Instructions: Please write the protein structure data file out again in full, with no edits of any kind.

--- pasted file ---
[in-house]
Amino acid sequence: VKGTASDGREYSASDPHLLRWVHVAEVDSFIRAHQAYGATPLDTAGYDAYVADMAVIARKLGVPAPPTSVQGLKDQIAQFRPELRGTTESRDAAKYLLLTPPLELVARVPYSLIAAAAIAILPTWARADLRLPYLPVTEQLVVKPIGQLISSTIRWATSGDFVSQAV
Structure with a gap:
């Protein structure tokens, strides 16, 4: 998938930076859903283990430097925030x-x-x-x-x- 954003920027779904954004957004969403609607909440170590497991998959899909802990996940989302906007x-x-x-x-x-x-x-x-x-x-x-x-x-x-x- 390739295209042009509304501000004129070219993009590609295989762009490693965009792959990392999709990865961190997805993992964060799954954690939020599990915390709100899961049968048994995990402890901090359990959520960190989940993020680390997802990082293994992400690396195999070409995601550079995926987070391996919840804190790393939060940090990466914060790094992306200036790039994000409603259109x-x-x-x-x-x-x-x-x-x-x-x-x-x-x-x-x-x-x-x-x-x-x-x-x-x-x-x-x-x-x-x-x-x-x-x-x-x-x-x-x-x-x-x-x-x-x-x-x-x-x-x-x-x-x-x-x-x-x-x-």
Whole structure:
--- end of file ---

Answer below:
[in-house]
Amino acid sequence: VKGTASDGREYSASDPHLLRWVHVAEVDSFIRAHQAYGATPLDTAGYDAYVADMAVIARKLGVPAPPTSVQGLKDQIAQFRPELRGTTESRDAAKYLLLTPPLELVARVPYSLIAAAAIAILPTWARADLRLPYLPVTEQLVVKPIGQLISSTIRWATSGDFVSQAV
Structure with a gap:
């Protein structure tokens, strides 16, 4: 998938930076859903283990430097925030x-x-x-x-x- 954003920027779904954004957004969403609607909440170590497991998959899909802990996940989302906007x-x-x-x-x-x-x-x-x-x-x-x-x-x-x- 390739295209042009509304501000004129070219993009590609295989762009490693965009792959990392999709990865961190997805993992964060799954954690939020599990915390709100899961049968048994995990402890901090359990959520960190989940993020680390997802990082293994992400690396195999070409995601550079995926987070391996919840804190790393939060940090990466914060790094992306200036790039994000409603259109x-x-x-x-x-x-x-x-x-x-x-x-x-x-x-x-x-x-x-x-x-x-x-x-x-x-x-x-x-x-x-x-x-x-x-x-x-x-x-x-x-x-x-x-x-x-x-x-x-x-x-x-x-x-x-x-x-x-x-x-």
Whole structure: